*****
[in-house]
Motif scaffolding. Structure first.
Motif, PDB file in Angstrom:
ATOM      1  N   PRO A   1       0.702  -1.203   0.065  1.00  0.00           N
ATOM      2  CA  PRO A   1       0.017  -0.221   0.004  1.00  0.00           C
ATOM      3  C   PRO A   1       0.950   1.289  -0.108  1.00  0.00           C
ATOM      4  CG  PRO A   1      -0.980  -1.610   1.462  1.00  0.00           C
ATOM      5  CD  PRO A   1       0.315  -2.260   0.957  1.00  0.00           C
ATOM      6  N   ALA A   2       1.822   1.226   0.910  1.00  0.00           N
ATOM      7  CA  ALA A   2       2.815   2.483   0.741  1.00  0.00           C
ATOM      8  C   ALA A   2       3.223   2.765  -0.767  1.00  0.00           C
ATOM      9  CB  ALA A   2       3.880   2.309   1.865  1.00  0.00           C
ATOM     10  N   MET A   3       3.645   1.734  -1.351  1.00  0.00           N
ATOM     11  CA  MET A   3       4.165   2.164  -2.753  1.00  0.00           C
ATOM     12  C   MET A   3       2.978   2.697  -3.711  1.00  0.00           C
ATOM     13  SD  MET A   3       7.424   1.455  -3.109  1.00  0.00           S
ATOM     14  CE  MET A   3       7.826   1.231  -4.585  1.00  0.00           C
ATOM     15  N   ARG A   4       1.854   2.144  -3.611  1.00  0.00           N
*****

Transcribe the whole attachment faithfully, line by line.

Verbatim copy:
[in-house]
Motif scaffolding. Structure first.
Motif, PDB file in Angstrom:
ATOM      1  N   PRO A   1       0.702  -1.203   0.065  1.00  0.00           N
ATOM      2  CA  PRO A   1       0.017  -0.221   0.004  1.00  0.00           C
ATOM      3  C   PRO A   1       0.950   1.289  -0.108  1.00  0.00           C
ATOM      4  CG  PRO A   1      -0.980  -1.610   1.462  1.00  0.00           C
ATOM      5  CD  PRO A   1       0.315  -2.260   0.957  1.00  0.00           C
ATOM      6  N   ALA A   2       1.822   1.226   0.910  1.00  0.00           N
ATOM      7  CA  ALA A   2       2.815   2.483   0.741  1.00  0.00           C
ATOM      8  C   ALA A   2       3.223   2.765  -0.767  1.00  0.00           C
ATOM      9  CB  ALA A   2       3.880   2.309   1.865  1.00  0.00           C
ATOM     10  N   MET A   3       3.645   1.734  -1.351  1.00  0.00           N
ATOM     11  CA  MET A   3       4.165   2.164  -2.753  1.00  0.00           C
ATOM     12  C   MET A   3       2.978   2.697  -3.711  1.00  0.00           C
ATOM     13  SD  MET A   3       7.424   1.455  -3.109  1.00  0.00           S
ATOM     14  CE  MET A   3       7.826   1.231  -4.585  1.00  0.00           C
ATOM     15  N   ARG A   4       1.854   2.144  -3.611  1.00  0.00           N